Press Release
May 1, 2008

Jinggoy opens hearing on seafarers' MLC review plea

Senate President Pro Tempore Jinggoy Ejercito Estrada started hearing on controversial Professional Regulation Commission (PRC) resolution making Management Level Course (MLC) mandatory for seafarers before qualifying for employment as marine officers.

Resolution dated December 11, 2007 came under fire when various seafarers' organizations claim that such course would only duplicate the four- or five-year training they had in getting their bachelor's degree, aside from being an added financial burden for them.

United Filipino Seafarers (UFS) with 35,000 members says that PRC had only listened to strong lobby of private training centers who stand to gain from this imposition.

A six- to eight-week training will cost around 42,000 (for marine deck officers) to 52,000 pesos (for marine engine officers).

Integrated Marine Deck Officers and Engineers Association (IMDOEA), PMI Alumni Association, Crewing Manager Association of the Philippines, Visayan Maritime Academy Alumni Association and Seaman's Party are also taking up arms against new MLC requirement.

Capt. Lamberto Torres (IMDOEA) for instance, laments that PRC and Maritime Training Council is giving more weight on theoretical training rather than on in-service experience as barometer of competency.

He also raised the fact that instructors in the said training are "lower-ranking officers and some have no practical knowledge of what they are teaching."

PRC, on the other hand in it defense, stated that MLS is a requirement of 1978 International Convention on Standards of Training, Certification and Watchkeeping (STCW) as amended, to which the Philippines is a signatory.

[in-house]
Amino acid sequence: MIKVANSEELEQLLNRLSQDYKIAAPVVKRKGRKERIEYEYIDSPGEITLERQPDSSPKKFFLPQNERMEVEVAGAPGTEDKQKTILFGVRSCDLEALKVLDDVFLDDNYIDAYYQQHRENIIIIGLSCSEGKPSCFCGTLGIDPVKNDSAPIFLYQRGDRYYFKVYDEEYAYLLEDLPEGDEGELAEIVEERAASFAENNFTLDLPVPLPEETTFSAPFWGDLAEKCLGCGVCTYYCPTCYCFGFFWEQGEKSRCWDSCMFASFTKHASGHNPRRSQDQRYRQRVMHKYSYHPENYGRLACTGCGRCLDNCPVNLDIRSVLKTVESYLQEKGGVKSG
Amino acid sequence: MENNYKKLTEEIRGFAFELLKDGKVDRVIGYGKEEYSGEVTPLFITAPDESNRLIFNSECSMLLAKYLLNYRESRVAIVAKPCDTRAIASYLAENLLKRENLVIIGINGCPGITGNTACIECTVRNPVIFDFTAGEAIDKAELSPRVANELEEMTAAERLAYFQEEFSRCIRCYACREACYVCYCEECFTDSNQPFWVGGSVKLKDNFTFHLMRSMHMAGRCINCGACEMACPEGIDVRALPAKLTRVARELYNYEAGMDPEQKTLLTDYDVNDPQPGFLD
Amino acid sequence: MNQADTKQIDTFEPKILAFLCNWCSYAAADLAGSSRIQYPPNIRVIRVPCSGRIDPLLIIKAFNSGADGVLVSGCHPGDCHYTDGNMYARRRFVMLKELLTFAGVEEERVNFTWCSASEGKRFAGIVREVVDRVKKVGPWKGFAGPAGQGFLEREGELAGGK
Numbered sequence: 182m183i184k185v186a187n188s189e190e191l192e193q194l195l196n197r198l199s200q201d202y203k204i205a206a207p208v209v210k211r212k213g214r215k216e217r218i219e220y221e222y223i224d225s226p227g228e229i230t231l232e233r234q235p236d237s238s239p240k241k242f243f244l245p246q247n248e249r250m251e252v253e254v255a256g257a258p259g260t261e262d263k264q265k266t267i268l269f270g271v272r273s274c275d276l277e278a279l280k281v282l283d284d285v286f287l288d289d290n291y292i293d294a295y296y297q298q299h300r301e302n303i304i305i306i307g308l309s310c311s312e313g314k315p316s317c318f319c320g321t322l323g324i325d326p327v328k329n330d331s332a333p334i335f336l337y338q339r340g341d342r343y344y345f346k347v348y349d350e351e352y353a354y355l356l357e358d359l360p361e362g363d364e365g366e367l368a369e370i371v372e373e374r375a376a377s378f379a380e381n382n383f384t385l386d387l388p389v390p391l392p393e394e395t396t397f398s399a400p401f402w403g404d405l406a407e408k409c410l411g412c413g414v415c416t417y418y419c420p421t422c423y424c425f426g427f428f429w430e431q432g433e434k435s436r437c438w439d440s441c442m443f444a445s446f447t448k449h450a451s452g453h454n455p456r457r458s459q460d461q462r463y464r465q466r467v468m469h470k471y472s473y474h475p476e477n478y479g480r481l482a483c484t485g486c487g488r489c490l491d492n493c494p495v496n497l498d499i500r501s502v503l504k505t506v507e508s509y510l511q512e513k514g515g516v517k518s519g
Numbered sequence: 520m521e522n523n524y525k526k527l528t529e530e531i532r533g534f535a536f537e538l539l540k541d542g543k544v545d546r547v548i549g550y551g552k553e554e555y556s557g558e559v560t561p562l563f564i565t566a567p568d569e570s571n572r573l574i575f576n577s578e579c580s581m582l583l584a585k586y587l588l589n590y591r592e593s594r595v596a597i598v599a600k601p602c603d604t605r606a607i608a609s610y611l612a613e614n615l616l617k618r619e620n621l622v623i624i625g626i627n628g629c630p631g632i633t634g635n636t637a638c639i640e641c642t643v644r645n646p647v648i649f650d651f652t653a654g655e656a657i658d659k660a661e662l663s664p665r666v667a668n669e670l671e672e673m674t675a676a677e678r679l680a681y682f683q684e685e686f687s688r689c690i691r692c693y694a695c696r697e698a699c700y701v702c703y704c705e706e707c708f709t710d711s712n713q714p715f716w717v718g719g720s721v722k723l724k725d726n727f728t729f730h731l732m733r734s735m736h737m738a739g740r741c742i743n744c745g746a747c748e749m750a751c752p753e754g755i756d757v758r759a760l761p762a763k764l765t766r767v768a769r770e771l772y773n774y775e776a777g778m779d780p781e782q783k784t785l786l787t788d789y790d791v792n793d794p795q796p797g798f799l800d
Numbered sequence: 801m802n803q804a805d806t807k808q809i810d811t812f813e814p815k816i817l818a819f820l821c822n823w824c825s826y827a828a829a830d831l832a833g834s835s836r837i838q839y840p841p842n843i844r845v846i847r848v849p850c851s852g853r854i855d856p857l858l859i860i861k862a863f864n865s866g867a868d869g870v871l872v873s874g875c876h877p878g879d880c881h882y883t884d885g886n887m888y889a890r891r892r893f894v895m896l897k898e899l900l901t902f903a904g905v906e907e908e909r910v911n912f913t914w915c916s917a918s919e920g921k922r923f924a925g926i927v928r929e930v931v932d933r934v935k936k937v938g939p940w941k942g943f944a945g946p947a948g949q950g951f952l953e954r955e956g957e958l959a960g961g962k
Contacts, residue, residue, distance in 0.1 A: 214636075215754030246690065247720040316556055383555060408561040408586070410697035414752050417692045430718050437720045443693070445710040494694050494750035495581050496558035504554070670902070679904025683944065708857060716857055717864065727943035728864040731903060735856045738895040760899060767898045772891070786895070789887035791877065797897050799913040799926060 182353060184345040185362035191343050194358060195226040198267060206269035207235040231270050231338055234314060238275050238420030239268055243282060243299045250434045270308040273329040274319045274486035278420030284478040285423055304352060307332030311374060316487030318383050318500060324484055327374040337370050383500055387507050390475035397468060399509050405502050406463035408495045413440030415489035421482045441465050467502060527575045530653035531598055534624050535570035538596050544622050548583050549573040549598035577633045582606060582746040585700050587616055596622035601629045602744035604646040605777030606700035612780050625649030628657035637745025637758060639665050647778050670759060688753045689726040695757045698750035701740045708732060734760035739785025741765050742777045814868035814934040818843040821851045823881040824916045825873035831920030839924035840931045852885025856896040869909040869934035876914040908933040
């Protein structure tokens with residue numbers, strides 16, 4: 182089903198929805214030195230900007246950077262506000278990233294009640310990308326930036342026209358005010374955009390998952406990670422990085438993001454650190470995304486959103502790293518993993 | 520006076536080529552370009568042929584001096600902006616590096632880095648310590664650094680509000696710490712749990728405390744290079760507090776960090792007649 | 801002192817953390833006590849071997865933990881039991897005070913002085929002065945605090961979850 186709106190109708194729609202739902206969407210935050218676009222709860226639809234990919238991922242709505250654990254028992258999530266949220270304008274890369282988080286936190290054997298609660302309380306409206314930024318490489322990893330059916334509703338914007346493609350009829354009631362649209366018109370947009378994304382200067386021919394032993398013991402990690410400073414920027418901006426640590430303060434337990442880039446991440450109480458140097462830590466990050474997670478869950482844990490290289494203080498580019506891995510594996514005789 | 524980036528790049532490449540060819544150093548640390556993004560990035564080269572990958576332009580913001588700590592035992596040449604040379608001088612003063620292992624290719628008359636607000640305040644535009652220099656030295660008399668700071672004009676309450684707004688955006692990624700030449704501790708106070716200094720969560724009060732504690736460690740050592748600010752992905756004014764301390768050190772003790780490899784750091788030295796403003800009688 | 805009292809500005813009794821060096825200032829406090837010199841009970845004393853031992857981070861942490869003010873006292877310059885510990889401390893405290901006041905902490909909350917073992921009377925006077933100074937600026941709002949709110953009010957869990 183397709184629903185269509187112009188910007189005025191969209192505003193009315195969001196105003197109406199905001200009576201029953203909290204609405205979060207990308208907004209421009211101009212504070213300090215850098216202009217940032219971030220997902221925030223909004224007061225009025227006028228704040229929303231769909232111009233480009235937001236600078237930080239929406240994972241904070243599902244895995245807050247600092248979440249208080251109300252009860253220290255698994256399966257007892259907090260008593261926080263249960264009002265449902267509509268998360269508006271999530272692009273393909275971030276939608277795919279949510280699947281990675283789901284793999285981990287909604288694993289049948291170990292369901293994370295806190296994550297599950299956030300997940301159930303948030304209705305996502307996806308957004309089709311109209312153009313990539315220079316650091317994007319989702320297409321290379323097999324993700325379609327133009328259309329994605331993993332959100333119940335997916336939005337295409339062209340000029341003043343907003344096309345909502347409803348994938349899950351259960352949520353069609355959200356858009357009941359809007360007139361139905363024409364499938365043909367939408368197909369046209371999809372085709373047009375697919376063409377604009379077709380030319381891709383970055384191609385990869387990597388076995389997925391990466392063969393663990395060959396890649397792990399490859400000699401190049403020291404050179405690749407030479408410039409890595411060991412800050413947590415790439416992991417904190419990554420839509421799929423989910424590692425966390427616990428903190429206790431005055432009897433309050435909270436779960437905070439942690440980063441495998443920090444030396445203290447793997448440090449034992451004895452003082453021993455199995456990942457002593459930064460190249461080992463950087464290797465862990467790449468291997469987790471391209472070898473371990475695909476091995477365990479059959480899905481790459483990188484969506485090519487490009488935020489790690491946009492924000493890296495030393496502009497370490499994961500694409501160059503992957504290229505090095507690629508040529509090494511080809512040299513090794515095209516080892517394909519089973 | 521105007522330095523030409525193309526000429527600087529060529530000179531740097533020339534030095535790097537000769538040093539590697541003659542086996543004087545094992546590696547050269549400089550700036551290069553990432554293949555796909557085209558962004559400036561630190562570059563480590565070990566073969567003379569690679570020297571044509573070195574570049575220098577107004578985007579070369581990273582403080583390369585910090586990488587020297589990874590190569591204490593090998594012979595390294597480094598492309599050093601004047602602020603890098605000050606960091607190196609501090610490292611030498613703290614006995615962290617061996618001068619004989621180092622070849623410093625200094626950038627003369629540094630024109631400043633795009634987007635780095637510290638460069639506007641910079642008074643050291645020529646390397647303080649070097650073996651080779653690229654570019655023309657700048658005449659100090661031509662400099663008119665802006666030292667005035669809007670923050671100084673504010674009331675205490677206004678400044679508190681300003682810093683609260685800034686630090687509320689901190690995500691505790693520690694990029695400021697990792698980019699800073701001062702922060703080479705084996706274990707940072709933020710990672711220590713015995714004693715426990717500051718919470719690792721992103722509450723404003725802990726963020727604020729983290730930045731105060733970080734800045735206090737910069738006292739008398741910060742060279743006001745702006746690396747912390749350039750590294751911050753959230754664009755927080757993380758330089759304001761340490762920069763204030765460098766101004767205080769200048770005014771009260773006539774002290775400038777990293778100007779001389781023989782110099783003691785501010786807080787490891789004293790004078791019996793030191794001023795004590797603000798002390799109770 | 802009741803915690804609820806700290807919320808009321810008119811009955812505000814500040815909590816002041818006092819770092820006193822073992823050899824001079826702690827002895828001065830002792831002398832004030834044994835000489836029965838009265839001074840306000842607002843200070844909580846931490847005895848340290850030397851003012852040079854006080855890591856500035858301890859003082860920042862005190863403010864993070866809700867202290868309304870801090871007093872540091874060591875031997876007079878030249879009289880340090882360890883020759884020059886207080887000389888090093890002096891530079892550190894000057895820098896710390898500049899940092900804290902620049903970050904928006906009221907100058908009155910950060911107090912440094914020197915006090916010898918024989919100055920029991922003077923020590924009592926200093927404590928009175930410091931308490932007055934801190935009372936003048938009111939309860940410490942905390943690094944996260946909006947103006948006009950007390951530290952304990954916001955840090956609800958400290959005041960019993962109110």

PRC adds that Philippines was included in Internal Maritime Organization (IMO) "white list" of complying countries, after RP annexed in its report to IMO resolutions containing provisions for completion of an approved education and training as requirements in meeting standards of competence in STCW code.

League of Maritime Educators International, Inc. in a position paper sent to the committee, supports PRC's stand.

"Maritime industry is aware that currently, our maritime schools have no appropriate curriculum or approved education and training program compliant with SCTW; thus, making MLC imperative in order to maintain our niche as largest supplier of shipboard officers and personnel," the paper reads.

"Both parties make valid points. PRC has good intention of bringing our seafarers at par with their foreign counterparts in accordance to international standards. Seafarers, on the other hand, are willing to undergo skills revalidation and rationalized training, i.e. without neglecting their years of experience and shouldering the heavy price tag," said Estrada, chairman of Senate Committee on Labor and Employment, adding;

"It is important to untangle this dilemma, as not only employment and promotion of our seafarers is on the line, but also the renowned Philippines' seafaring reputation given our geography and history."

Philippine Overseas Employment Administration (POEA) data shows that there are 230,000 deployed Filipino seafarers in 2006.

News Latest News Feed